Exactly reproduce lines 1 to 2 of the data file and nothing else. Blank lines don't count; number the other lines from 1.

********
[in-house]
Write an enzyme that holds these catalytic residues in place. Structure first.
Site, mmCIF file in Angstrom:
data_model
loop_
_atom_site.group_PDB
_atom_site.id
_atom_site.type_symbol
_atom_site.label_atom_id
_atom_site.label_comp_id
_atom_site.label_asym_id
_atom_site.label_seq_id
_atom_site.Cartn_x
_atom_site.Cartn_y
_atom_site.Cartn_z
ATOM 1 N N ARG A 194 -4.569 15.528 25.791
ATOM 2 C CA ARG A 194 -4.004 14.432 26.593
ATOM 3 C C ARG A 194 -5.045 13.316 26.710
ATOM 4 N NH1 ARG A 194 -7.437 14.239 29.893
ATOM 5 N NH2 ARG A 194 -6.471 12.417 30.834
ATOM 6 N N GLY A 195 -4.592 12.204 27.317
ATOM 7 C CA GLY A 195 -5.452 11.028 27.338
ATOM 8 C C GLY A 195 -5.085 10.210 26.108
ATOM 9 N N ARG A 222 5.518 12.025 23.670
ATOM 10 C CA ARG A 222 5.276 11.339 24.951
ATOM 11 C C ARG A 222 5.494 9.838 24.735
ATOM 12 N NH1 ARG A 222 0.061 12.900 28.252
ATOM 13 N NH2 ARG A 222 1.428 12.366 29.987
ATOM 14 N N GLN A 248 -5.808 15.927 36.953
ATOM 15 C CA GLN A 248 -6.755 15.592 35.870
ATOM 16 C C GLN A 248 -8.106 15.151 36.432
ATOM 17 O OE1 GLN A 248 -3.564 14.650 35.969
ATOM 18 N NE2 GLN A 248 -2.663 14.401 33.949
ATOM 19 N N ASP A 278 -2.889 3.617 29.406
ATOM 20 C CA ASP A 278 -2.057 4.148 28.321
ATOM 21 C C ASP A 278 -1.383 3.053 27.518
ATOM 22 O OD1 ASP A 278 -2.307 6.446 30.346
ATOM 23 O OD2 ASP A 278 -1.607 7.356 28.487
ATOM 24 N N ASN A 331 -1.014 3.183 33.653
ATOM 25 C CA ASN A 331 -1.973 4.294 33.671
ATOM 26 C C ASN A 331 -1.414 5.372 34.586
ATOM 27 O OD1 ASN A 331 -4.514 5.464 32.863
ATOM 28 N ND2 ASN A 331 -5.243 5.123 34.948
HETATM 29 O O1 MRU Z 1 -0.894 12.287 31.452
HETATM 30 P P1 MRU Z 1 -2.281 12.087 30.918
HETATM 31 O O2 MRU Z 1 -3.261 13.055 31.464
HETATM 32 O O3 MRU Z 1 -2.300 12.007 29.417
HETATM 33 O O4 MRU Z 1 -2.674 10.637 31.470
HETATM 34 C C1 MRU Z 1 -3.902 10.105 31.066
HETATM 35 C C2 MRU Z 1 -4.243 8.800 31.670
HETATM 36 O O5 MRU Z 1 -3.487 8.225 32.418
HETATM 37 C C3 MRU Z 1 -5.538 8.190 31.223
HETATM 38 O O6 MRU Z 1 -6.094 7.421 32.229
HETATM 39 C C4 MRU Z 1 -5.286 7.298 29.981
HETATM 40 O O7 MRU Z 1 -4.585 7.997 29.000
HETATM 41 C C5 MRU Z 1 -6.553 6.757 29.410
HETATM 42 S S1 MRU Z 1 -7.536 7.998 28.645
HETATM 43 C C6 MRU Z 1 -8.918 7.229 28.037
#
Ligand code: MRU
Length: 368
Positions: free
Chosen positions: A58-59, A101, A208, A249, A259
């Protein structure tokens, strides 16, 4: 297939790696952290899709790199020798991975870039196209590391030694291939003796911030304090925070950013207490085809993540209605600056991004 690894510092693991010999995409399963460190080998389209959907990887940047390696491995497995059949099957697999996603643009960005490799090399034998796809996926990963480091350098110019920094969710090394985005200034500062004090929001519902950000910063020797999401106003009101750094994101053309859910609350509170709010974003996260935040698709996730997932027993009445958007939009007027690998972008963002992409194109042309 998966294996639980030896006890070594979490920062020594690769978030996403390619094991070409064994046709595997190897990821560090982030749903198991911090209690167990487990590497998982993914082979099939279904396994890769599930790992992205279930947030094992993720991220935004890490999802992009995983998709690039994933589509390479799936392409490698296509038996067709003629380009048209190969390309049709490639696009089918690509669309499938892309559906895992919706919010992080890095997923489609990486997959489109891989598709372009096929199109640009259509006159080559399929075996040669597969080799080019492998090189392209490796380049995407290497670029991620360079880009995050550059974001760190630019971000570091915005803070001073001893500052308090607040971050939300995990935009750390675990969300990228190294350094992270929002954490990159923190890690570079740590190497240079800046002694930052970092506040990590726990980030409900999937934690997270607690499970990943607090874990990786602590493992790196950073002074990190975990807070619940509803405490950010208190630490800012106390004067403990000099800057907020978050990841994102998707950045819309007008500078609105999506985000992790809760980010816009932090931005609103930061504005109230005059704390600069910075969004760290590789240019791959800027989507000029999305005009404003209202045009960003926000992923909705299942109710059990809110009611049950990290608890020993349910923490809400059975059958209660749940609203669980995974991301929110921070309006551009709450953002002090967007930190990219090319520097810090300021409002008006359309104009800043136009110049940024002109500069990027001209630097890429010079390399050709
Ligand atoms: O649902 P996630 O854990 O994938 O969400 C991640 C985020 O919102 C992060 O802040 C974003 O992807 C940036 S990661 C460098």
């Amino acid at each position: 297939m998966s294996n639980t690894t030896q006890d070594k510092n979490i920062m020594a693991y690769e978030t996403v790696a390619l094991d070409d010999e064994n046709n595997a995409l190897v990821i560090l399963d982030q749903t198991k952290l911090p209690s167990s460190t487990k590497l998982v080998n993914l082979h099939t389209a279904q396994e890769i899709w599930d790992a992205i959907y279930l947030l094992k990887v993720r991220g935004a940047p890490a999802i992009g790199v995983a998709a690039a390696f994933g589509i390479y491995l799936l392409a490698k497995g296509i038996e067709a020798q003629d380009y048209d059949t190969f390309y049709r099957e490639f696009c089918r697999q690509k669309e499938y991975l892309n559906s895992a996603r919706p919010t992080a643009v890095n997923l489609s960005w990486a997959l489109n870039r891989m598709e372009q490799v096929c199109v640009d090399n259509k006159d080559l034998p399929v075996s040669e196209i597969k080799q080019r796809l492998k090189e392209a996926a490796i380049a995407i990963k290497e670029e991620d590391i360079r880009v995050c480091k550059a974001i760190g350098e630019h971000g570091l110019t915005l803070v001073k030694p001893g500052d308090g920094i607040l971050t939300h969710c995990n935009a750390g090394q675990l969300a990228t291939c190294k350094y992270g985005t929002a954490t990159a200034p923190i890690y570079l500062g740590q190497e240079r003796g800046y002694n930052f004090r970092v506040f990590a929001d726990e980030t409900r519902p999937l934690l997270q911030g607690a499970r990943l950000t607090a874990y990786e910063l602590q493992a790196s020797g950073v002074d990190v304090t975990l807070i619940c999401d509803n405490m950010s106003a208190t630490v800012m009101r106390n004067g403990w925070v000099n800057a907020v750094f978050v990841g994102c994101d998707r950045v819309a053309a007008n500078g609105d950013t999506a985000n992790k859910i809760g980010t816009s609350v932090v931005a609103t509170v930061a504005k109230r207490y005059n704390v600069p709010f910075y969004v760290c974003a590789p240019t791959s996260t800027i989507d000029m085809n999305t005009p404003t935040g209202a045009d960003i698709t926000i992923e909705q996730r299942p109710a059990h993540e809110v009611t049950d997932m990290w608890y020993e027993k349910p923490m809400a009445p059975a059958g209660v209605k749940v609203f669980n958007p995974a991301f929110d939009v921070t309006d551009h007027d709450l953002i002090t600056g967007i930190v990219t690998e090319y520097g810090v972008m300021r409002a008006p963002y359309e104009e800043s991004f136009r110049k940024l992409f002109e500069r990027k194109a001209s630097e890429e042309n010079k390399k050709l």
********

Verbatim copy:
[in-house]
Write an enzyme that holds these catalytic residues in place. Structure first.